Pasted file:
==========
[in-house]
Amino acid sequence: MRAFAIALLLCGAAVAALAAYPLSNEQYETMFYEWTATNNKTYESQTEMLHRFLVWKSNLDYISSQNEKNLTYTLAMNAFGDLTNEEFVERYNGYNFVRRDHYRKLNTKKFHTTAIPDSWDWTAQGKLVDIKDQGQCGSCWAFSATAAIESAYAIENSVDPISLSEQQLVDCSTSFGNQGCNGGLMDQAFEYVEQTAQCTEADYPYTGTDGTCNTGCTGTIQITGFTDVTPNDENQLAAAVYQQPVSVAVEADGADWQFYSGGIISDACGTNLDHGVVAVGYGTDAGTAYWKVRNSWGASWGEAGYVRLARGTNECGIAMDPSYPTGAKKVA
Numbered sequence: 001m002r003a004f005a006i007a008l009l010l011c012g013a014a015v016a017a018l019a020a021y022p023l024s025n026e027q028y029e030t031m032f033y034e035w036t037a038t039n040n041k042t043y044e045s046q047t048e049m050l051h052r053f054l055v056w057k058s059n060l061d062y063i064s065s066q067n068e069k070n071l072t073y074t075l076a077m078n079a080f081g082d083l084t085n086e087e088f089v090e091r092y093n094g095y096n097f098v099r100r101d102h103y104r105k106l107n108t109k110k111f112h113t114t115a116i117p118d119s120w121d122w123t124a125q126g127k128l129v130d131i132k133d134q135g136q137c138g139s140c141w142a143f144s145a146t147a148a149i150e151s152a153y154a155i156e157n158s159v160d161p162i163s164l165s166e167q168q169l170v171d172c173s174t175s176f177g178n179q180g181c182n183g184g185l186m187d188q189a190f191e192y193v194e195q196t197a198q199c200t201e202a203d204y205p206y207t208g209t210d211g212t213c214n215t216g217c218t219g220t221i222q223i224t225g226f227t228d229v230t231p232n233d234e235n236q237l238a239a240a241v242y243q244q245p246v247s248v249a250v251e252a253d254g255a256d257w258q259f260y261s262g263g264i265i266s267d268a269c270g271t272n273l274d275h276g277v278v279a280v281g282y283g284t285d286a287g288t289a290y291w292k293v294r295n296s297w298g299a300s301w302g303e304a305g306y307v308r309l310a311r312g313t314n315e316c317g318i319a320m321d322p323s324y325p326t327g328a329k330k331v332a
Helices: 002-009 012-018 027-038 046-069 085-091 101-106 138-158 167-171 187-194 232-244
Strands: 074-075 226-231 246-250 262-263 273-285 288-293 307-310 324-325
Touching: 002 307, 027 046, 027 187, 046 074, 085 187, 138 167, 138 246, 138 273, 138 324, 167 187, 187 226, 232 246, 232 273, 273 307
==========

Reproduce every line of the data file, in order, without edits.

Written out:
[in-house]
Amino acid sequence: MRAFAIALLLCGAAVAALAAYPLSNEQYETMFYEWTATNNKTYESQTEMLHRFLVWKSNLDYISSQNEKNLTYTLAMNAFGDLTNEEFVERYNGYNFVRRDHYRKLNTKKFHTTAIPDSWDWTAQGKLVDIKDQGQCGSCWAFSATAAIESAYAIENSVDPISLSEQQLVDCSTSFGNQGCNGGLMDQAFEYVEQTAQCTEADYPYTGTDGTCNTGCTGTIQITGFTDVTPNDENQLAAAVYQQPVSVAVEADGADWQFYSGGIISDACGTNLDHGVVAVGYGTDAGTAYWKVRNSWGASWGEAGYVRLARGTNECGIAMDPSYPTGAKKVA
Numbered sequence: 001m002r003a004f005a006i007a008l009l010l011c012g013a014a015v016a017a018l019a020a021y022p023l024s025n026e027q028y029e030t031m032f033y034e035w036t037a038t039n040n041k042t043y044e045s046q047t048e049m050l051h052r053f054l055v056w057k058s059n060l061d062y063i064s065s066q067n068e069k070n071l072t073y074t075l076a077m078n079a080f081g082d083l084t085n086e087e088f089v090e091r092y093n094g095y096n097f098v099r100r101d102h103y104r105k106l107n108t109k110k111f112h113t114t115a116i117p118d119s120w121d122w123t124a125q126g127k128l129v130d131i132k133d134q135g136q137c138g139s140c141w142a143f144s145a146t147a148a149i150e151s152a153y154a155i156e157n158s159v160d161p162i163s164l165s166e167q168q169l170v171d172c173s174t175s176f177g178n179q180g181c182n183g184g185l186m187d188q189a190f191e192y193v194e195q196t197a198q199c200t201e202a203d204y205p206y207t208g209t210d211g212t213c214n215t216g217c218t219g220t221i222q223i224t225g226f227t228d229v230t231p232n233d234e235n236q237l238a239a240a241v242y243q244q245p246v247s248v249a250v251e252a253d254g255a256d257w258q259f260y261s262g263g264i265i266s267d268a269c270g271t272n273l274d275h276g277v278v279a280v281g282y283g284t285d286a287g288t289a290y291w292k293v294r295n296s297w298g299a300s301w302g303e304a305g306y307v308r309l310a311r312g313t314n315e316c317g318i319a320m321d322p323s324y325p326t327g328a329k330k331v332a
Helices: 002-009 012-018 027-038 046-069 085-091 101-106 138-158 167-171 187-194 232-244
Strands: 074-075 226-231 246-250 262-263 273-285 288-293 307-310 324-325
Touching: 002 307, 027 046, 027 187, 046 074, 085 187, 138 167, 138 246, 138 273, 138 324, 167 187, 187 226, 232 246, 232 273, 273 307